Motor Corp. overtakes Corp. in global sales in the first quarter, selling a record 2.35 million vehicles vs. GM’s 2.26 million, also a record.
Althoughis only on top for one quarter so far, it may be poised to hold on to the mantle of the world’s largest auto maker. This year, Toyota says it plans to build 9.42 million units, with sales growing 6.0% to 9.34 million vehicles. GM does not provide a global sales forecast.
Although it fared well globally, Toyota’s first-quarter sales in its home market of Japan were off 9.3% on 482,538 units.
Meanwhile, GM’s sales reached 1.36 million vehicles outside the U.S. in the first quarter, up nearly 10% from year-ago and outpacing industry sales growth of 5.0%.
Despite dethroning GM as the world’s largest auto maker, if even for just one quarter, Toyota is downplaying the accomplishment, having stated time and again that being the top auto maker is not its overall objective.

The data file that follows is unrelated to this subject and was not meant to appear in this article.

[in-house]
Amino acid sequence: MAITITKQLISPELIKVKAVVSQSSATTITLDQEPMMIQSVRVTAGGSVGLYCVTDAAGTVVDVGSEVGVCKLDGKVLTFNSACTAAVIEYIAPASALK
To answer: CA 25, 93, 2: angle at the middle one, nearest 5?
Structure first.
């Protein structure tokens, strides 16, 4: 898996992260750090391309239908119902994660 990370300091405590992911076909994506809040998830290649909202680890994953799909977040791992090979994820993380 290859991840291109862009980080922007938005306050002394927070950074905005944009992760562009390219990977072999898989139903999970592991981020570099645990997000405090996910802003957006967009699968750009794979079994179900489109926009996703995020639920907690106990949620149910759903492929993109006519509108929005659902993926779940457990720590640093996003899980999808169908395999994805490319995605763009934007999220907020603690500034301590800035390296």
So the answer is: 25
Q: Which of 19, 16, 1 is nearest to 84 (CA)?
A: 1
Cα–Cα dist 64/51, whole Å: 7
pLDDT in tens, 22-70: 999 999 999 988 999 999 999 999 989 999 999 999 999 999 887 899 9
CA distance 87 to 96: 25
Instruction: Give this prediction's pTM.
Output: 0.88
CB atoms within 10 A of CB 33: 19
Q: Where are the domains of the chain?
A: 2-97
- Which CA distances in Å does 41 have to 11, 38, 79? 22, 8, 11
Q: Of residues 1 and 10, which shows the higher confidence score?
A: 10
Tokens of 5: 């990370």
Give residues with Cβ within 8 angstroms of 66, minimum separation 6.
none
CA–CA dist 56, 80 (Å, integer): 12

Surpassing GM is “not the goal, and it will only be a result of what we’ve been doing,” Toyota President Katsuaki Watanabe said late last year.
GM also has downplayed Toyota’s ascension in the global marketplace, but has said it is intent on remaining the global leader.
GM CEO “Rick Wagoner has said that one month or one quarter doesn’t make a trend,” a GM spokeswoman tells Bloomberg. “They (Toyota) are formidable competitors, but our intention is to maintain leadership.”
What Toyota has been doing is slowly chipping away at GM’s market share in the U.S. and growing sales around the world by emphasizing quality and its hybrid technology.
In the U.S., Toyota held a 15.6% share of the market in the first quarter, up from 9.3% in 2000, according to Ward’s data.
In contrast, GM’s U.S. market share fell to 23.2% in the first quarter, an 81-year low, Ward’s data shows.